Modern CSS affords us some really cool, handy solutions to evergreen problems of web design, as well as nearly limitless potential and flexibility. Nowhere is this made more clear than in Stephanie Eckles's Style Stage. Join Ben and Stephanie as start a Style Stage theme and go on a tour through some of the best that modern CSS has to offer.
Stephanie Eckles is a frontend engineer at Microsoft, and one of the best CSS educators out there. You may know her from her projects such as Modern CSS Solutions, her Egghead courses, or the many CSS, accessibility, and Eleventy resources that she puts into the world.
More From Stephanie
- Follow Stephanie on Twitter
- See what Stephanie is up to!
- Accessible Cross-Browser CSS Form Styling on Egghead
- Modern CSS Solutions
[Note: Due to technical difficulties, part of the introduction was cut off]
Stephanie: —software engineer now. Always been frontend-focused. Been doing web development for, professionally, over 13 years. And I have a few, personal projects that have been keeping me busy during pandemic times and has opened my network to a lot more folks like Ben, and, yeah, just, I'm always up for talking to anything CSS, accessibility, general frontend, so.
Ben: Well, it's great to have you! I'd like to kind of show off a couple of the things that you've been doing, kind of talk through those. For one thing, you just released a new Egghead course.
Stephanie: Yeah. Yep. I just had my first full-length Egghead course. I'd had som one-off lessons. I've been with them as an instructor for almost a year. So, my [00:01:00] course is about accessible cross-browser form field styling. So, learning how to make those styles cross-browser, but also about half the course is actually the semantics of how to set up the most common field types — inputs, radios, checkboxes, selects — and then ending with form layout, including fieldsets and things.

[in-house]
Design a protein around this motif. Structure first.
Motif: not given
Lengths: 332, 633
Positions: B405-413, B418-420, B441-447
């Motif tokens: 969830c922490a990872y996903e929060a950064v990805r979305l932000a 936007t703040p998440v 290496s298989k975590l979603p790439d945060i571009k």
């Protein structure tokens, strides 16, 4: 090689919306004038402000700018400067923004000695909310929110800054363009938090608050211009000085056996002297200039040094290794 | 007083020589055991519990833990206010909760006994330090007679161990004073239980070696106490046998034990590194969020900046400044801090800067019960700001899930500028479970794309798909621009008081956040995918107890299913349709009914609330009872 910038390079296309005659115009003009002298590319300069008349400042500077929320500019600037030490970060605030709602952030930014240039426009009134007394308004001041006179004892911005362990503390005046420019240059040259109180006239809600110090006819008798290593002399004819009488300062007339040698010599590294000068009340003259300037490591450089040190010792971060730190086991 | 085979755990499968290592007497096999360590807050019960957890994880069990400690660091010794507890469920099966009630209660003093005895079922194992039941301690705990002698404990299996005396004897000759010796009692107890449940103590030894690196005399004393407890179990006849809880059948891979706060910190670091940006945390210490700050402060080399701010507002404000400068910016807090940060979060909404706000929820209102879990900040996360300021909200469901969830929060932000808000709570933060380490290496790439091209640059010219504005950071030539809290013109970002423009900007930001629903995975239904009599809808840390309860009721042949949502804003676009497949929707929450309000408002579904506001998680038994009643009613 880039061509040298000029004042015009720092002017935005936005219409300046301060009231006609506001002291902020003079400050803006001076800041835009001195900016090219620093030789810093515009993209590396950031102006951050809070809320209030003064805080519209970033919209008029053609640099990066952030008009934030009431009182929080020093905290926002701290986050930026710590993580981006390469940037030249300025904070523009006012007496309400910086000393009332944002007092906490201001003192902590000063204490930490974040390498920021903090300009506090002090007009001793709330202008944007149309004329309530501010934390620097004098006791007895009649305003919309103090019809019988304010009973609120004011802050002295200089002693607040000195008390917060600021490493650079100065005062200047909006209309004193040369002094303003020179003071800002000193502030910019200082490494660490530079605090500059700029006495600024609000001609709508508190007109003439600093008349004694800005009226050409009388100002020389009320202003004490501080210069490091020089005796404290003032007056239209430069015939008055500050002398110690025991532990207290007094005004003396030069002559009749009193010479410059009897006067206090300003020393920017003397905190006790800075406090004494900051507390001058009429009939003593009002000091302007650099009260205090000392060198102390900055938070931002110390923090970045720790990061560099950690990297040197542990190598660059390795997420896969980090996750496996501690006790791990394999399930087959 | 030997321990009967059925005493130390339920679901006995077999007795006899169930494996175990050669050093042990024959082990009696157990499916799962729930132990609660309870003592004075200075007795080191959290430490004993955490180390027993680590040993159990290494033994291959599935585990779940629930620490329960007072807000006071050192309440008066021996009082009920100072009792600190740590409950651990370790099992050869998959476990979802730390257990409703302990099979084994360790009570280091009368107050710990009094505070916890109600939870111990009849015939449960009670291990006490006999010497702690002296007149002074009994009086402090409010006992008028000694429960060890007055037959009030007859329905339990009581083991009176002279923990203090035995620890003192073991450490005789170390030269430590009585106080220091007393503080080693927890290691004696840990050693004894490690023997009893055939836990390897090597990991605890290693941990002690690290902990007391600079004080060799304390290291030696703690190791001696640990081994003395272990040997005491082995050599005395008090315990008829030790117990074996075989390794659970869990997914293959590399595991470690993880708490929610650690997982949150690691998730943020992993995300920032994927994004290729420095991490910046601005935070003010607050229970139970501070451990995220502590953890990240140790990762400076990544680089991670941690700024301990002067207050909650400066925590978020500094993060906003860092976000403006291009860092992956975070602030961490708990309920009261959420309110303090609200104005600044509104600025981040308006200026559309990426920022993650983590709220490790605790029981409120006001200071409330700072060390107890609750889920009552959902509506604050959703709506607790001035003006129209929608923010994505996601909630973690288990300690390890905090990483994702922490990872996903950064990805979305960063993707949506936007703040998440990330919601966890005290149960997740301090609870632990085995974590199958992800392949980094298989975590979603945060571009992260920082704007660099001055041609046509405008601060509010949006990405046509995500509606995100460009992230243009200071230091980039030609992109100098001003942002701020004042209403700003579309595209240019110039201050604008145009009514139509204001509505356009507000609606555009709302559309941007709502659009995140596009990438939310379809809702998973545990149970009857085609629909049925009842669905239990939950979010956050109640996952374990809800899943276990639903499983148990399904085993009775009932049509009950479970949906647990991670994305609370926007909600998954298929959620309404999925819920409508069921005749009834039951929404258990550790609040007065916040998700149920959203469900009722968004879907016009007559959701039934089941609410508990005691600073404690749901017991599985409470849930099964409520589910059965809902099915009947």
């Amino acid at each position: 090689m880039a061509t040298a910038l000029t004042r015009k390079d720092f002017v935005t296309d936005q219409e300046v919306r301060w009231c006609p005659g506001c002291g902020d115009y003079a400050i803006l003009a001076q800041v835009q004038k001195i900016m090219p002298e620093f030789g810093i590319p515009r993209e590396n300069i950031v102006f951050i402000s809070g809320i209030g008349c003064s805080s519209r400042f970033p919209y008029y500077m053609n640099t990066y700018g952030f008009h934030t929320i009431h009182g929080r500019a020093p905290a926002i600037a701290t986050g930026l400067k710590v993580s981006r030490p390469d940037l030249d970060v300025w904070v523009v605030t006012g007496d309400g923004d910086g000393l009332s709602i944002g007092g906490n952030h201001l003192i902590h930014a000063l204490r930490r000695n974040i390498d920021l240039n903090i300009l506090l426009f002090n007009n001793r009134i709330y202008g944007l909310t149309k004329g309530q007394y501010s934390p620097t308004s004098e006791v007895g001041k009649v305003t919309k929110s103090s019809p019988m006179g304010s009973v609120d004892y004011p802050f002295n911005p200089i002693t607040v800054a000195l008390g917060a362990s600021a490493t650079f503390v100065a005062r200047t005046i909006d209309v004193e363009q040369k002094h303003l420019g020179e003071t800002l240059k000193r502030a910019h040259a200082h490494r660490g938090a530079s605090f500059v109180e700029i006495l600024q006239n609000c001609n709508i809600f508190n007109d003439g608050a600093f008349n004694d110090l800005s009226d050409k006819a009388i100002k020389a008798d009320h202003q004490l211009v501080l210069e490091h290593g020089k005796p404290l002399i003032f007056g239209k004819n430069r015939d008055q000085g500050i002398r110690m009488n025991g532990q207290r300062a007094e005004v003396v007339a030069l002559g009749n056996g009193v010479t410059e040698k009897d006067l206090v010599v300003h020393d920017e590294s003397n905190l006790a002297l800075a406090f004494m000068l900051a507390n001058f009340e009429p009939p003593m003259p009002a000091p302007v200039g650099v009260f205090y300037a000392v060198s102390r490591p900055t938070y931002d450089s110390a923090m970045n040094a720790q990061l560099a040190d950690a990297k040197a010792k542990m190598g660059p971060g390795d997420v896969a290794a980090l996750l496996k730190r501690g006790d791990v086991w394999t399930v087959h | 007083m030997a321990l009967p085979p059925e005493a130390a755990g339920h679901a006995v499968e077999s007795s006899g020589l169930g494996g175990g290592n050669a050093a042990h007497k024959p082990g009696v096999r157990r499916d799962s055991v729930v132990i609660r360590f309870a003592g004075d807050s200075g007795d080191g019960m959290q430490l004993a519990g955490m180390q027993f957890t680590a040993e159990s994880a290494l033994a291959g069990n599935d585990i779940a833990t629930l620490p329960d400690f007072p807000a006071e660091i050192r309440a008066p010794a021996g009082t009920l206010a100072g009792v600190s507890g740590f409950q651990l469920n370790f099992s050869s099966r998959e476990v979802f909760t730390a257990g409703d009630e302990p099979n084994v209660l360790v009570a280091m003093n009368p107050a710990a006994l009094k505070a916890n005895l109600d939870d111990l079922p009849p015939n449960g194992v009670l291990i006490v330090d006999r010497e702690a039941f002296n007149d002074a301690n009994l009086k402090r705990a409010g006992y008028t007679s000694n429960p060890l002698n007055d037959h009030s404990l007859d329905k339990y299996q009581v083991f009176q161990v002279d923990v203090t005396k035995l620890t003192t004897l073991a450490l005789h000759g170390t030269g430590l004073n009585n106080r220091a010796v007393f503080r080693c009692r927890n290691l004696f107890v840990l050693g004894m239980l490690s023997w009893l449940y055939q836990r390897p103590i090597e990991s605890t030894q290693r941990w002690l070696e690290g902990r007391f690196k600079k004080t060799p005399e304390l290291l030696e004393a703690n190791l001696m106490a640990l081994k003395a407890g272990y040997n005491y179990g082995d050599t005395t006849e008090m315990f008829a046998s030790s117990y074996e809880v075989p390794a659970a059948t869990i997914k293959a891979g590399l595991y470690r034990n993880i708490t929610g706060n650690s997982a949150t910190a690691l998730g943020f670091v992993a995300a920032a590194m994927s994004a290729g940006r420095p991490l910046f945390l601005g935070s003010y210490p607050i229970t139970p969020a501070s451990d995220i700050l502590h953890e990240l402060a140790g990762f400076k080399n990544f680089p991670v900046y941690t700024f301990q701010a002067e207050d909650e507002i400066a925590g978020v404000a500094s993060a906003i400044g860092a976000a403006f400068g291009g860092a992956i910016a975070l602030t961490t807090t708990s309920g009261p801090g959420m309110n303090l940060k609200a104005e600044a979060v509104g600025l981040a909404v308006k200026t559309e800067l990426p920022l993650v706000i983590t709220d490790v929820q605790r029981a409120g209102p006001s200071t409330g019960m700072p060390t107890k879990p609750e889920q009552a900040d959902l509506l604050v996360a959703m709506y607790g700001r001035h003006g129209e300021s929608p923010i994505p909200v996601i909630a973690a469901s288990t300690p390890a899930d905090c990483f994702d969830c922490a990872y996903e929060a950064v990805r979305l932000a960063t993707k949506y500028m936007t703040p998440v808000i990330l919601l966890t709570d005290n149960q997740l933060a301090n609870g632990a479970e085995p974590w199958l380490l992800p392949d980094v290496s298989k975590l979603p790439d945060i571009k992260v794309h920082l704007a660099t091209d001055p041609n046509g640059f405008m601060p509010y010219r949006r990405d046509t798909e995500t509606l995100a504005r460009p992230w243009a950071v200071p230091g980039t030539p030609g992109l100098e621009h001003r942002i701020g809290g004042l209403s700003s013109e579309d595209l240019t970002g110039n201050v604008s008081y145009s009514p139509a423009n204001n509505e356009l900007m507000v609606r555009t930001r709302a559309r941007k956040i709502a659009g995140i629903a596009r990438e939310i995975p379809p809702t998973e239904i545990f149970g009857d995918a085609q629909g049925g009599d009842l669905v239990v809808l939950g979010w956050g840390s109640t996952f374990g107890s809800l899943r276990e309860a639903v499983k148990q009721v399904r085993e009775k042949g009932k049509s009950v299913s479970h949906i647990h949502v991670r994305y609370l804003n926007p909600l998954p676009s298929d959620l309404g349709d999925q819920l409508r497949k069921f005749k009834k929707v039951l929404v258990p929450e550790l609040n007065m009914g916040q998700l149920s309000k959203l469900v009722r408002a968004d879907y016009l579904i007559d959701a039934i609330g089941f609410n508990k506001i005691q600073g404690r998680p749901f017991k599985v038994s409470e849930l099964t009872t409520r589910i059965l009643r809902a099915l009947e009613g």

Ben: I love the focus on semantics there, because I think so often the focus is on how can we make this pretty, but we don't really focus so much on the robustness that has to power that, and that seems like a big recurring theme in your work.
Stephanie: Yeah, it is. [laughs] You're definitely right, and that comes from a interesting kind of pathway to where I am now. I started, I spent eight years as a developer in marketing and the first part of [00:02:00] that, we didn't care too much about accessibility because it was not talked about as much. It just wasn't part of the industry standard, unfortunately. So we've obviously done a lot of improvement in just even these recent years. And then, you know, being able to look at how we often offload forms to different tools. So I think it's really important to understand what's really happening there, even if it just means you can better evaluate when you seek out a solution.
Ben: Awesome. Yeah, I'm looking forward to that course. I think that's definitely one I'm going to be taking in some of my free time.
[00:03:00] Another thing that you've been working on as of late is SmolCSS. Would you like to pull that up and, and kind of show us what that's about?
Stephanie: Yeah! So this is my newest baby. And this has been, let's see, it'll only be three weeks this Thursday, I believe. And this format has really been attractive to folks. So for context… well, I think it's good context… I also have ModernCSS.dev, which is full-length, very in-depth written tutorials, and I'd been sharing tips on Twitter. A huge focus for me is that they're actually practical tips. They're not just fancy tricks. You know, sometimes you can use them for tricks, but usually they're intended to be practical, like stuff I'm actually using. And so, [00:04:00] SmolCSS, I was like, I'd like to formalize, like sometimes you do need a little more context than a tweet can provide, but I wanted something more consumable than maybe digging through a tutorial when you are just seeking a little bit quicker answer. So that's what SmolCSS is! So some of them are, I mean, everything is so the small theme, right. And it's very scoped down to just the thing we're trying to address. At this point there are 14 different demos.